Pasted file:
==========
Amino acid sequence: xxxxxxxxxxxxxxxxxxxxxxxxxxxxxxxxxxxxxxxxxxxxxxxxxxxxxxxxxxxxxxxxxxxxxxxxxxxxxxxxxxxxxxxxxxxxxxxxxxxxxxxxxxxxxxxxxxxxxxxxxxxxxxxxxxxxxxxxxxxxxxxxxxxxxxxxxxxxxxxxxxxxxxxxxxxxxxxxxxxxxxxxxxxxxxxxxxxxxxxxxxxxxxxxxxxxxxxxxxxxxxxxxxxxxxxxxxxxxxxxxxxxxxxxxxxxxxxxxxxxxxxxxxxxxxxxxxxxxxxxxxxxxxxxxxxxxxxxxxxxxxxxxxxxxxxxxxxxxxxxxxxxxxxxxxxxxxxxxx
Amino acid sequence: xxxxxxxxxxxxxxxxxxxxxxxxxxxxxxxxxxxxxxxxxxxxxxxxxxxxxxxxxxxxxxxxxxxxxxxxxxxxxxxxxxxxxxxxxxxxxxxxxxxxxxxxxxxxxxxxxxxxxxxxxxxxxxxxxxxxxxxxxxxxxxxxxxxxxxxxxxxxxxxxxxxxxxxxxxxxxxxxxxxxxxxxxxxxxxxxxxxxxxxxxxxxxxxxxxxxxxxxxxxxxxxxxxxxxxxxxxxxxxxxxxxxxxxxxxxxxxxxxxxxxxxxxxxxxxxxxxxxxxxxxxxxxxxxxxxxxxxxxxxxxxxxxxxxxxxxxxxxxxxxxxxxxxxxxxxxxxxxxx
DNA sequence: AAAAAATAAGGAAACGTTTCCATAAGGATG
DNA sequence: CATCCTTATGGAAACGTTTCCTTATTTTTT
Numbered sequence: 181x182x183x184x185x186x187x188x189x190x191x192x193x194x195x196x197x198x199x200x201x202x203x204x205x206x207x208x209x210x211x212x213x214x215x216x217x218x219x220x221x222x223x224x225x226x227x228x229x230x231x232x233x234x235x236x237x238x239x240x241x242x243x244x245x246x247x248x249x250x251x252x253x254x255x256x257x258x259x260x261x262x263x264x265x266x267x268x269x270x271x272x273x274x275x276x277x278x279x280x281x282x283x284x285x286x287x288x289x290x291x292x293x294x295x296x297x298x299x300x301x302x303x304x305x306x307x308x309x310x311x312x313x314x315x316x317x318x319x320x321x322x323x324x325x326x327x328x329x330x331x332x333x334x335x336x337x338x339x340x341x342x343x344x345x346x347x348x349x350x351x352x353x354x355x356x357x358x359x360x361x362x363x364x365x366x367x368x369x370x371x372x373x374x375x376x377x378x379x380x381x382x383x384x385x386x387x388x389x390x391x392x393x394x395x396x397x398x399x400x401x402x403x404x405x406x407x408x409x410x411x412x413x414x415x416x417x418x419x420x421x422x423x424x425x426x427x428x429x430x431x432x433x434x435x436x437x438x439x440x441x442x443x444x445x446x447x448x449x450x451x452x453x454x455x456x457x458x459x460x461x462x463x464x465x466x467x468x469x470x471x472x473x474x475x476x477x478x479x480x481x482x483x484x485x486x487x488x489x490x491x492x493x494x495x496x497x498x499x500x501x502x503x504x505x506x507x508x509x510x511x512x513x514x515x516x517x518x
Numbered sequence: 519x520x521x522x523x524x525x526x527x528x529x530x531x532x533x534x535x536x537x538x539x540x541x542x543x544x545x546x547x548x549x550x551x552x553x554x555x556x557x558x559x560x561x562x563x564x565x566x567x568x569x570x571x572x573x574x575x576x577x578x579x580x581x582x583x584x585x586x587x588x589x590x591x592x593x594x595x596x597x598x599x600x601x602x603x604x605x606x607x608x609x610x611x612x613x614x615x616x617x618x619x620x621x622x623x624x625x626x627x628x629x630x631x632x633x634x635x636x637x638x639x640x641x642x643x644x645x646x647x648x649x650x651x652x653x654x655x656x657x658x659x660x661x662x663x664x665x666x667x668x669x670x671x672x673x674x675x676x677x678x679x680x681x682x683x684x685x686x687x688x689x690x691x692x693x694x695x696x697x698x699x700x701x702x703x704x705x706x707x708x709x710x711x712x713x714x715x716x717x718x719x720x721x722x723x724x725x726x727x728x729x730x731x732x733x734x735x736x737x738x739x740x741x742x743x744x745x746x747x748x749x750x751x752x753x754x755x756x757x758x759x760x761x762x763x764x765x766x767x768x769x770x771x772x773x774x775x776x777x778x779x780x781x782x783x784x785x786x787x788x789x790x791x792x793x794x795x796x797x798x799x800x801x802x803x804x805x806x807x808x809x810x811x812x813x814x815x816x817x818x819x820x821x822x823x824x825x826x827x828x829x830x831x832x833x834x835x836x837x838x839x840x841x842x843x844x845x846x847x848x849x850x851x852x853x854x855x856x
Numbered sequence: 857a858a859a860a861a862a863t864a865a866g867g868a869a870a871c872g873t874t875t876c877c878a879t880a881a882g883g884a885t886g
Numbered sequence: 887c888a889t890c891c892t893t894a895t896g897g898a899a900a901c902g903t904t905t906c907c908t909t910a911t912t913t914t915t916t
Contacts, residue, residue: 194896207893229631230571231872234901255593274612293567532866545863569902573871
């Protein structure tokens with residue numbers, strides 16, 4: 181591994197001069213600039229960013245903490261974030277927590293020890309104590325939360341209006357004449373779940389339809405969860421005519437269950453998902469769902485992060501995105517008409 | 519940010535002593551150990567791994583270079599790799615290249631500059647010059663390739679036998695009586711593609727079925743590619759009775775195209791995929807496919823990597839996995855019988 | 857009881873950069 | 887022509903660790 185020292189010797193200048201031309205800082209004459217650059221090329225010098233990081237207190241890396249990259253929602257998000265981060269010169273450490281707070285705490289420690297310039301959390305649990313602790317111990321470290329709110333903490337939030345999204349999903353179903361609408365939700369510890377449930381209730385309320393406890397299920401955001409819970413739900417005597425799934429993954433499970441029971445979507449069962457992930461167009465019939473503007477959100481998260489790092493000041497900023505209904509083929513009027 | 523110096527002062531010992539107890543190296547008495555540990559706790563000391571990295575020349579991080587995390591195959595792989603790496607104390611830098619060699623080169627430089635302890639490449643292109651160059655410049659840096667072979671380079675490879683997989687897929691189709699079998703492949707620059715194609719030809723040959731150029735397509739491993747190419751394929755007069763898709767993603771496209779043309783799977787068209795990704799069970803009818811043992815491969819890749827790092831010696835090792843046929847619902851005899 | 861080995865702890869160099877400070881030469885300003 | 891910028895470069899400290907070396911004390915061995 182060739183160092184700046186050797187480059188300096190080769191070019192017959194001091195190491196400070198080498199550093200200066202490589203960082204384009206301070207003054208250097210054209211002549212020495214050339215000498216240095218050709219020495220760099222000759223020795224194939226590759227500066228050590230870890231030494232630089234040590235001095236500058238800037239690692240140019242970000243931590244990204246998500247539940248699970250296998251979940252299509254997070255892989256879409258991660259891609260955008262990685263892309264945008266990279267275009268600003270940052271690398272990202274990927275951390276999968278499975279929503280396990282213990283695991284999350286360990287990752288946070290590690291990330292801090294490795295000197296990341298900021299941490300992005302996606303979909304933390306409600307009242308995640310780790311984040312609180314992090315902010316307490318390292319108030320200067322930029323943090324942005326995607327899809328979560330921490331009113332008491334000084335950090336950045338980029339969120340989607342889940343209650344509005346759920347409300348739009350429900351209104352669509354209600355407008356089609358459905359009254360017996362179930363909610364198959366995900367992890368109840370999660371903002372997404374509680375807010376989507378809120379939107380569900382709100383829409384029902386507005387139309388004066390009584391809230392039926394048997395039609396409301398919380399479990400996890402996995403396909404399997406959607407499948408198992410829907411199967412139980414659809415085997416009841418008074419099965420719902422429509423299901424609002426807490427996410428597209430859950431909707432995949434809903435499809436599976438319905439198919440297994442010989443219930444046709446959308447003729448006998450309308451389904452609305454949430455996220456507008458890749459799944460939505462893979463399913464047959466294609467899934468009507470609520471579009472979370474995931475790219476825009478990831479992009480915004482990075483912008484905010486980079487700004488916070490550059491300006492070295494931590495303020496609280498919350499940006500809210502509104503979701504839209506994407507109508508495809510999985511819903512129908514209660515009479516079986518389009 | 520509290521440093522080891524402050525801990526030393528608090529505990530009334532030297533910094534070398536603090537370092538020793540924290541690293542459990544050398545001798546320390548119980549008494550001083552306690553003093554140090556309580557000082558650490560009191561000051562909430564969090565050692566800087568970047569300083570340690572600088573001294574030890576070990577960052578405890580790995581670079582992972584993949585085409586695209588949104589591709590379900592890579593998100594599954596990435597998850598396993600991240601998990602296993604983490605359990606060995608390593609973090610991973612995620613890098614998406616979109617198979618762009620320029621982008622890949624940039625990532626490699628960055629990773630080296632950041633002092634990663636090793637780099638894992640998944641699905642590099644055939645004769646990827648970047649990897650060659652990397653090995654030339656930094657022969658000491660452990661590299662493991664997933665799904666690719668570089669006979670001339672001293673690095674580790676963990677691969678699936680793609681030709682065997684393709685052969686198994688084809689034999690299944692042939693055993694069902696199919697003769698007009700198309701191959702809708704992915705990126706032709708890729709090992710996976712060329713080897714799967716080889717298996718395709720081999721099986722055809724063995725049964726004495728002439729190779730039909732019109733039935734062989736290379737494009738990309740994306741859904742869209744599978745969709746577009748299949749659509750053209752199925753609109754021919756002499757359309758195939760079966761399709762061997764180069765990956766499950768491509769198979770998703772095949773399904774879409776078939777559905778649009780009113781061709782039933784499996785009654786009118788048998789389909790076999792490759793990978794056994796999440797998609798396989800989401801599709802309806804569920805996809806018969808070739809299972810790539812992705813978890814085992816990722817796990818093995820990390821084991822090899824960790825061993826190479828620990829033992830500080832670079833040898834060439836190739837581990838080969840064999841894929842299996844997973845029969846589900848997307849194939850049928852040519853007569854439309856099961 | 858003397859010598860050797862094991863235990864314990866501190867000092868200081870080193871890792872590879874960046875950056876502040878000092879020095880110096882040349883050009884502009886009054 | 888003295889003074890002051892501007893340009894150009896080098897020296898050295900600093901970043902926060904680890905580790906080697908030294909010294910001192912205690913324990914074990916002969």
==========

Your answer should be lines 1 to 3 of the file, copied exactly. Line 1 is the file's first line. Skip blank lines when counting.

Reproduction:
Amino acid sequence: xxxxxxxxxxxxxxxxxxxxxxxxxxxxxxxxxxxxxxxxxxxxxxxxxxxxxxxxxxxxxxxxxxxxxxxxxxxxxxxxxxxxxxxxxxxxxxxxxxxxxxxxxxxxxxxxxxxxxxxxxxxxxxxxxxxxxxxxxxxxxxxxxxxxxxxxxxxxxxxxxxxxxxxxxxxxxxxxxxxxxxxxxxxxxxxxxxxxxxxxxxxxxxxxxxxxxxxxxxxxxxxxxxxxxxxxxxxxxxxxxxxxxxxxxxxxxxxxxxxxxxxxxxxxxxxxxxxxxxxxxxxxxxxxxxxxxxxxxxxxxxxxxxxxxxxxxxxxxxxxxxxxxxxxxxxxxxxxxx
Amino acid sequence: xxxxxxxxxxxxxxxxxxxxxxxxxxxxxxxxxxxxxxxxxxxxxxxxxxxxxxxxxxxxxxxxxxxxxxxxxxxxxxxxxxxxxxxxxxxxxxxxxxxxxxxxxxxxxxxxxxxxxxxxxxxxxxxxxxxxxxxxxxxxxxxxxxxxxxxxxxxxxxxxxxxxxxxxxxxxxxxxxxxxxxxxxxxxxxxxxxxxxxxxxxxxxxxxxxxxxxxxxxxxxxxxxxxxxxxxxxxxxxxxxxxxxxxxxxxxxxxxxxxxxxxxxxxxxxxxxxxxxxxxxxxxxxxxxxxxxxxxxxxxxxxxxxxxxxxxxxxxxxxxxxxxxxxxxxxxxxxxxx
DNA sequence: AAAAAATAAGGAAACGTTTCCATAAGGATG